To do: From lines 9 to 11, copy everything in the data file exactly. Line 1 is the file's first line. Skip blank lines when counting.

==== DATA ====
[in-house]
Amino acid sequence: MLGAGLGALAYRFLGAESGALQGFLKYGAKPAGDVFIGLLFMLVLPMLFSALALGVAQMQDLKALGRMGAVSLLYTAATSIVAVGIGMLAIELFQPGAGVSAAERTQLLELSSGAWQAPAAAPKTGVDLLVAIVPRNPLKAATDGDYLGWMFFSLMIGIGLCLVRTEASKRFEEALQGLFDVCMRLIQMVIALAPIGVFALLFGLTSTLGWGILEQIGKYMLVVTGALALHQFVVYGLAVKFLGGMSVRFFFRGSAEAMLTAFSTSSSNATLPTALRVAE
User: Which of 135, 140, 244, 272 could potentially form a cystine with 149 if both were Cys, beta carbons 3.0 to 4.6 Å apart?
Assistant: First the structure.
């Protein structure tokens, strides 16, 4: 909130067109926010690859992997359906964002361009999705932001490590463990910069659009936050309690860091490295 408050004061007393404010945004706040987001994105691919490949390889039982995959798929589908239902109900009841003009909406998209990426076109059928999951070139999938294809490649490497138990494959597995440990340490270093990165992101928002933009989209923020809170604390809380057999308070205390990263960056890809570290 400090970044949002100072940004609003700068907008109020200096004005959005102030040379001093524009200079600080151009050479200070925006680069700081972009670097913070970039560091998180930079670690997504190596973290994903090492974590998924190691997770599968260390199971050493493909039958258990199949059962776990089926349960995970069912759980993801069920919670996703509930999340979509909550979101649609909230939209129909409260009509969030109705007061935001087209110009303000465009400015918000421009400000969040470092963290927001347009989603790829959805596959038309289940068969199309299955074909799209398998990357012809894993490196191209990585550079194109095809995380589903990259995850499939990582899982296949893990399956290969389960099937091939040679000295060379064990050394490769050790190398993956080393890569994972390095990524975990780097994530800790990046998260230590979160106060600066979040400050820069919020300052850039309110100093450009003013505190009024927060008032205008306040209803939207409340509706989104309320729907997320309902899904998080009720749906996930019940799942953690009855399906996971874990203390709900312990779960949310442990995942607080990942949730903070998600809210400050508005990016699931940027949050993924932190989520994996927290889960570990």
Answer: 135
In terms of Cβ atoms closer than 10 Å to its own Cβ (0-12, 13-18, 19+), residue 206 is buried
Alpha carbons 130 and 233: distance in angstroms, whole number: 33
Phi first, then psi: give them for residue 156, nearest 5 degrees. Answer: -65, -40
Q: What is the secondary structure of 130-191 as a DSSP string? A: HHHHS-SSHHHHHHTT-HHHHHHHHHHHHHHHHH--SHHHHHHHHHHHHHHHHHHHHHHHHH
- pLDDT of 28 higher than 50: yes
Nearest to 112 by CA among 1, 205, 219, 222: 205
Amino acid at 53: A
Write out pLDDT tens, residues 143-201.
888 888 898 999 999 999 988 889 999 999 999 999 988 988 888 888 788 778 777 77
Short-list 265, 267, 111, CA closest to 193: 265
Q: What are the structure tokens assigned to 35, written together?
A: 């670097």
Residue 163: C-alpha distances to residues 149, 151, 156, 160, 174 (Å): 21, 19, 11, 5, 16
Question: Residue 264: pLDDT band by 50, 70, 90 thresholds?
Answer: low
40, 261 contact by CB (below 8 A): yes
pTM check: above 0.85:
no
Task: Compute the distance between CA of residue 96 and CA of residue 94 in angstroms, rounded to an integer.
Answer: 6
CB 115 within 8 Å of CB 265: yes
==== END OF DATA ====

Phi first, then psi: give them for residue 156, nearest 5 degrees. Answer: -65, -40
Q: What is the secondary structure of 130-191 as a DSSP string? A: HHHHS-SSHHHHHHTT-HHHHHHHHHHHHHHHHH--SHHHHHHHHHHHHHHHHHHHHHHHHH
- pLDDT of 28 higher than 50: yes